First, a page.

Another Incursion and Extension of the Raccoon Palisade

The night after my last posting our raccoons made an aerial incursion (over the top of the chicken wire and through the confounding string) into our tomato patch.  There were casualties–the ripe and near-ripe tomatoes from all varieties.  In response, we intensified our aerial string defences and added a ring of light plastic chicken wire which extends a metre above the top of the metal chicken wire.  So far, the enemy has not penetrated the new superior perimeter.  We’ll get a ripe tomato yet, by gar!Tomato palisade with plastic chicken wire

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Raccoon Palisade: Late Developments

Spurred to action by the loss of a ripe Tennessee Green, the Queen of Cuisine has installed j-shaped ground staples to anchor the inferior perimeter of the chicken wire to the ground.  She reinforced this defence with another string and added more strings to the superior perimeter just in case.

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Critters Defy Palisade

A raccoon or raccoons somehow made it into our tomato patch ,pulled a ripe Tennessee Green out of the middle of a plant and ate half of it.  Preliminary investigation suggests that the perpetrator or perpetrators made its or their way under the chicken wire palisade.  There is no evidence that the top of the palisade was breeched, and the Queen of Cuisine is driving little stakes into the bottom in an effort to deter further inferior breeches.

Her Majesty will also add another top string to the existing “cofounding” aerial defence perimeter.

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Raccoon Palisade, Night 2

With the caveat that none of our tomatoes is ripe at the moment, Her Majesty’s raccoon palisade showed no signs of critter intrusion this morning.  More news as it breaks.Tomato pallisade 2014 002

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Last Winter’s Weather Killed Merlot and Sauvignon Blanc Buds

Anyone living in southern Ontario knows how brutal and long the winter of ’13-’14 was.  Here’s a piece from Drinks Business outlining the consequent loss of the ’14 Merlot crop and most of the ’14 Sauvignon Blanc harvest.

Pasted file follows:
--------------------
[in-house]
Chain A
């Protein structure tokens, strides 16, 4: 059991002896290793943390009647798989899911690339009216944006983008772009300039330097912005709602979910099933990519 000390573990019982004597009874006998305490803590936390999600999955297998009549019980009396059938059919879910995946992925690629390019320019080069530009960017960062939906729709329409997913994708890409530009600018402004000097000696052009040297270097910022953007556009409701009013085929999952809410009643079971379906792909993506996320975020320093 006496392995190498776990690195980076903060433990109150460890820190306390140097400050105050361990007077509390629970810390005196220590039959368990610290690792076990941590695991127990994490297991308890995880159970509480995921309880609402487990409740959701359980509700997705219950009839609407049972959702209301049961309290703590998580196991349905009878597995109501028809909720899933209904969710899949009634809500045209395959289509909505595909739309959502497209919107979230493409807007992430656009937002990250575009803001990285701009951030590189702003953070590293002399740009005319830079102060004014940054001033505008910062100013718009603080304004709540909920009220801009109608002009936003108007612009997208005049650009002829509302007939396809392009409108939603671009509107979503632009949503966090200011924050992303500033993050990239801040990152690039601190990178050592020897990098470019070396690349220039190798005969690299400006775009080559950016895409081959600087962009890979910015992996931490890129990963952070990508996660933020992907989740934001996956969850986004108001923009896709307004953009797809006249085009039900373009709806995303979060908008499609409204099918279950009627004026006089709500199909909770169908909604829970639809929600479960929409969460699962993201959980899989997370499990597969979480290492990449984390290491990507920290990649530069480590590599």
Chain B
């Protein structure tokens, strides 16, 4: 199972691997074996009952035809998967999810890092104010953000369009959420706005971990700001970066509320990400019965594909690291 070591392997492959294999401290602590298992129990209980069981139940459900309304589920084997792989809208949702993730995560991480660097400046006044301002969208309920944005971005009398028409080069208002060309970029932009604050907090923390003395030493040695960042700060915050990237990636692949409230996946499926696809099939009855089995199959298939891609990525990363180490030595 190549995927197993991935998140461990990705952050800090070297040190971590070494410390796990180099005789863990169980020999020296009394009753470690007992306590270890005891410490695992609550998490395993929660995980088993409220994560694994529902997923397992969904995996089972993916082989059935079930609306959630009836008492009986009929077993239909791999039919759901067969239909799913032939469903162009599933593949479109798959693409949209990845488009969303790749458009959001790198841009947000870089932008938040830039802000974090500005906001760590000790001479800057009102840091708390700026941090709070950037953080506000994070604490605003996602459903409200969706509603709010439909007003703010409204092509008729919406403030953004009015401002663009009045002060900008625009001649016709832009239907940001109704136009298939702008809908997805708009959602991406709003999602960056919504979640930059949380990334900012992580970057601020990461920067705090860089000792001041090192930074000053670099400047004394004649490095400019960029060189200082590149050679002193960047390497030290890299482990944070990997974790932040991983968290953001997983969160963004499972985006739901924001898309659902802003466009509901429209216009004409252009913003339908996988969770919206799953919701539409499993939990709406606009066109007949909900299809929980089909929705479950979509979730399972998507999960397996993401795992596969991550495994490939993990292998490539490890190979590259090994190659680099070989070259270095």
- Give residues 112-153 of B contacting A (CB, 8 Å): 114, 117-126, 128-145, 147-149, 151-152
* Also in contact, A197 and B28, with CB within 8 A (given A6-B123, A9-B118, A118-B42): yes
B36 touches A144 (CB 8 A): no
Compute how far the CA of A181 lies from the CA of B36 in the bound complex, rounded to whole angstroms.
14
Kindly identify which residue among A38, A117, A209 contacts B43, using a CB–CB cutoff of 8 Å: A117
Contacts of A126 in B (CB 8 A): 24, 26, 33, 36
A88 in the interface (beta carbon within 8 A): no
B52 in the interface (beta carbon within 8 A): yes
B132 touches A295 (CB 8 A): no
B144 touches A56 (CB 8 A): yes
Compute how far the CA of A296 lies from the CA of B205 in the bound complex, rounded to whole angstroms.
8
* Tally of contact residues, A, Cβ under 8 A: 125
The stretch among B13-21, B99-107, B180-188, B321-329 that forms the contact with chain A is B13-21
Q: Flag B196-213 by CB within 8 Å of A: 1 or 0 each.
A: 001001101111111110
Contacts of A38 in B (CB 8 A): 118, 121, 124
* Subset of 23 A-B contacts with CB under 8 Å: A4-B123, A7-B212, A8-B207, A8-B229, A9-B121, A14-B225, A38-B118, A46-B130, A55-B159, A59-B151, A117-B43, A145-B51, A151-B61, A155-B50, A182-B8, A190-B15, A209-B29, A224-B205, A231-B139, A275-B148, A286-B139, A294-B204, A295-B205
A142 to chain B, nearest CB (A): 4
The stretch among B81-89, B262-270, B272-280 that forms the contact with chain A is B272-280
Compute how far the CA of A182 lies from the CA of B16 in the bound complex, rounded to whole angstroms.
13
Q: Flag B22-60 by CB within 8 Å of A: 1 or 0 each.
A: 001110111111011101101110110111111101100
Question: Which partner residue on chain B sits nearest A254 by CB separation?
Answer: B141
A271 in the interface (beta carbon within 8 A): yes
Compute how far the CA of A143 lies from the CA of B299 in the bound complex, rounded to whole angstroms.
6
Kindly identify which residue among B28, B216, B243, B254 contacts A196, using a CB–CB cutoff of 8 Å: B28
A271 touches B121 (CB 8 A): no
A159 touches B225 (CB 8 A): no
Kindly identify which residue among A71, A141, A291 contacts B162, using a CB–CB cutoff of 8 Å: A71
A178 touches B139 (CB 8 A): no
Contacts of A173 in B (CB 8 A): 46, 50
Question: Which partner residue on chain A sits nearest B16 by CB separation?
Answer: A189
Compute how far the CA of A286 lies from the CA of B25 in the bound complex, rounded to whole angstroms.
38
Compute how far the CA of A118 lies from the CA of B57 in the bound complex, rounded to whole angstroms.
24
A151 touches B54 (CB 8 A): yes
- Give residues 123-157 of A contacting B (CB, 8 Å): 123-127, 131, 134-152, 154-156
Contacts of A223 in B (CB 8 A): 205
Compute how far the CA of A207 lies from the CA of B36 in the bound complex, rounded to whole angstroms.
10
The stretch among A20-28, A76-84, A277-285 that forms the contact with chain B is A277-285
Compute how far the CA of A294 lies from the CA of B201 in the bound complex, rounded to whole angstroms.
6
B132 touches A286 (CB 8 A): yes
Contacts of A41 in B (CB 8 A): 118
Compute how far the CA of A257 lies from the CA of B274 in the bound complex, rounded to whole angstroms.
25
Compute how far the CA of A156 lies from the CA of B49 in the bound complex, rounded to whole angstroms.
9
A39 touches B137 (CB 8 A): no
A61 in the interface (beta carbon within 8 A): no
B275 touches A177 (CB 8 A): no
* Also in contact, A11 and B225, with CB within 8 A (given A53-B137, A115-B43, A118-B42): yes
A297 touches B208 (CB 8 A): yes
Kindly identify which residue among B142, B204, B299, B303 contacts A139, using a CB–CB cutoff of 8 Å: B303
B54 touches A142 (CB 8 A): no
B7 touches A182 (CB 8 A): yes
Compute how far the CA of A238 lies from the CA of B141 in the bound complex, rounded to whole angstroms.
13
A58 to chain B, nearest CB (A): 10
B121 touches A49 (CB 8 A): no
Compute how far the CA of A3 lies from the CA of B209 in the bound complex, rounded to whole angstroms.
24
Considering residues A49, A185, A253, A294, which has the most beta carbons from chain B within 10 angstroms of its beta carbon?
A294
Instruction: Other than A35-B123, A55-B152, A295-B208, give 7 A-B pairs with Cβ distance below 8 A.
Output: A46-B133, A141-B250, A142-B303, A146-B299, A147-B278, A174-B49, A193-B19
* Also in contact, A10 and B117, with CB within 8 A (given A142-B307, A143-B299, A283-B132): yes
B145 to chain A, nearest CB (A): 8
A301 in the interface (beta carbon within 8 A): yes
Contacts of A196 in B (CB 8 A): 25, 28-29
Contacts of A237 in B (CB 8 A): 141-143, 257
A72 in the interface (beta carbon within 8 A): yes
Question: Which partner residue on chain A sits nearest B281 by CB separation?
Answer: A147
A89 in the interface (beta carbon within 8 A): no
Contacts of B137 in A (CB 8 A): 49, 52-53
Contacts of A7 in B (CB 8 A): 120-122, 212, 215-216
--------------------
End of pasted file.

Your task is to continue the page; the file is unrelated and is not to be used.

Thursday 7 August 2014

Polar vortex wipes out 2014 Niagara Merlot

4th August, 2014 by Lucy Shaw

The polar vortex earlier this year has all but wiped out the Merlot crop in Niagara, with Sauvignon Blanc also severely affected.

Snow covered vineyard in Niagara

As reported by CBC News, both Merlot and Sauvignon Blanc were casualties of the polar vortex that plagued southern Ontario this winter, with the freezing spell taking its toll on grape vines in the region.

“You won’t see a 2014 merlot from Niagara. That just will not happen. There won’t be any,” Derek Saunders of Calamus Estate Winery in Ontario told CBC News.

“The quantities of Sauvignon Blanc will be tiny, but you work in a business where Mother Nature is in charge. That’s the deal,” he added.

CBC News reports that the bud survival rates for Sauvignon Blanc ranged from 8% along Lake Erie’s north shore to 51% at in central Niagara, while just 4% of the Merlot from Lake Erie’s north shore survived compared to 64% along the Niagara lakeshore.

While Merlot, Sauvignon Blanc and Syrah suffered from the effects of the polar vortex, Riseling, Vidal and Baco Noir fared better, though the extent of the damage to the grapes is still unclear as the 2014 harvest has yet to take place.

“This is a bit of wait-and-see because of all the variable conditions we have. We’ve got to wait and see how the harvest progresses,” Debbie Zimmerman, CEO of Grape Growers of Ontario told CBC News.

Canadian grape growers are experimenting with new techniques to combat damage to grapes during harsh winters including wind machines that mix the cold air that settles on the ground with the warm air above it.

In contrast to this year, Ontario had a banner year in 2013, when a record 79,756 tonnes of grapes were harvested.

 
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Urban Tomato Farming and Raccoon Deterence

Raccoons can identify tomatoes at the moment of perfect ripeness.  they attack at night, taking a big parasite-infected bite out of our precious fruit and leaving a squishy half-eaten former beauty on the ground, like a corpse left at the scene by a serial killer taunting the authorities.

Following the loss of three Black Princes, a Persimmon, a Green Zebra and a Red Brandywine, the Queen of Cuisine summoned up her artistry and energy and created an anti-raccoon palisade around the tomato patch.  The varmints managed to reach over the chicken wire (which they hate) Tomato pallisade by Carol, 2014 003

to snag the Brandywine, but we reinforced the top and added a ring of string to “confound” them, as Her Majesty says.

The “Critter Ridder” I sprinkled yesterday doesn’t seem to do much.

I’ll keep you posted on developments.

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Dream Steak from Montreal’s Atwater Market

We bought this twenty eight ounce t-bone at Boucherie les Viandes at the Atwater Market in Montreal (for $61.70.) It’s Charolais beef (a great strain from Burgundy) organically farmed by the St. Vincent family and dry aged for sixty days! I grilled it for twelve minutes over Mesquite charcoal. The texture was lovely–not a single fibroblast was left in the thing. The aroma and flavour was like a beef version of Jamon Iberico with floral and wine-like notes. A 2010 Gingondas partnered perfectly with the steak.  If you’re carniverous and find yourself in Mtl., call them at 514 937-4269 and get yourself a hunk.
 

Charolais steak, Boucherie les Viandes 001

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